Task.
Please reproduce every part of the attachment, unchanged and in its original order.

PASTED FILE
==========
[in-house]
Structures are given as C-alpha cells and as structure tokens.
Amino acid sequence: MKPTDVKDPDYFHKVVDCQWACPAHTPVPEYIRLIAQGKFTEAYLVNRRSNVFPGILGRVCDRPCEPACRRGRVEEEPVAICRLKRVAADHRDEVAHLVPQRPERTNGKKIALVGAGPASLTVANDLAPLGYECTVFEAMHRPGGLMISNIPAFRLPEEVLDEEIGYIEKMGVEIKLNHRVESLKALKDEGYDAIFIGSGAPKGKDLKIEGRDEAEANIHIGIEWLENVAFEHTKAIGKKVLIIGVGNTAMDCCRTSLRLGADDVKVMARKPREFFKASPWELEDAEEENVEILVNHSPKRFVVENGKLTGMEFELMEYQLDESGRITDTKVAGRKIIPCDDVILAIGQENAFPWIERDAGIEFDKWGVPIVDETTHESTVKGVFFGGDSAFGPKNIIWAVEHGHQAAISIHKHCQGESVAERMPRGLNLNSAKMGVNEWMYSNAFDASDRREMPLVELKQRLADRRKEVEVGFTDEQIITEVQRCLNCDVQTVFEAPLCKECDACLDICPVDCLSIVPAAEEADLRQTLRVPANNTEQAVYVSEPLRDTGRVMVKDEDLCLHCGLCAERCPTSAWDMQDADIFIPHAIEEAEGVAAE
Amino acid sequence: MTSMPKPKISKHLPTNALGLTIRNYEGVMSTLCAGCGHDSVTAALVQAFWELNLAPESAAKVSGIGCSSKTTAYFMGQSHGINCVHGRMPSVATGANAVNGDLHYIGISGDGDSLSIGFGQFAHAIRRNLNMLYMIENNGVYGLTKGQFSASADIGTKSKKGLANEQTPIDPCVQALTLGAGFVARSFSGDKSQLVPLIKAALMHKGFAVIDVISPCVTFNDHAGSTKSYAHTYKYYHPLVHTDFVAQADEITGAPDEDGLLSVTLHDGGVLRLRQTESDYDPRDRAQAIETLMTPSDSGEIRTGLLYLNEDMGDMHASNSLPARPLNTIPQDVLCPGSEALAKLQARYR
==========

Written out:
[in-house]
Structures are given as C-alpha cells and as structure tokens.
Amino acid sequence: MKPTDVKDPDYFHKVVDCQWACPAHTPVPEYIRLIAQGKFTEAYLVNRRSNVFPGILGRVCDRPCEPACRRGRVEEEPVAICRLKRVAADHRDEVAHLVPQRPERTNGKKIALVGAGPASLTVANDLAPLGYECTVFEAMHRPGGLMISNIPAFRLPEEVLDEEIGYIEKMGVEIKLNHRVESLKALKDEGYDAIFIGSGAPKGKDLKIEGRDEAEANIHIGIEWLENVAFEHTKAIGKKVLIIGVGNTAMDCCRTSLRLGADDVKVMARKPREFFKASPWELEDAEEENVEILVNHSPKRFVVENGKLTGMEFELMEYQLDESGRITDTKVAGRKIIPCDDVILAIGQENAFPWIERDAGIEFDKWGVPIVDETTHESTVKGVFFGGDSAFGPKNIIWAVEHGHQAAISIHKHCQGESVAERMPRGLNLNSAKMGVNEWMYSNAFDASDRREMPLVELKQRLADRRKEVEVGFTDEQIITEVQRCLNCDVQTVFEAPLCKECDACLDICPVDCLSIVPAAEEADLRQTLRVPANNTEQAVYVSEPLRDTGRVMVKDEDLCLHCGLCAERCPTSAWDMQDADIFIPHAIEEAEGVAAE
Amino acid sequence: MTSMPKPKISKHLPTNALGLTIRNYEGVMSTLCAGCGHDSVTAALVQAFWELNLAPESAAKVSGIGCSSKTTAYFMGQSHGINCVHGRMPSVATGANAVNGDLHYIGISGDGDSLSIGFGQFAHAIRRNLNMLYMIENNGVYGLTKGQFSASADIGTKSKKGLANEQTPIDPCVQALTLGAGFVARSFSGDKSQLVPLIKAALMHKGFAVIDVISPCVTFNDHAGSTKSYAHTYKYYHPLVHTDFVAQADEITGAPDEDGLLSVTLHDGGVLRLRQTESDYDPRDRAQAIETLMTPSDSGEIRTGLLYLNEDMGDMHASNSLPARPLNTIPQDVLCPGSEALAKLQARYR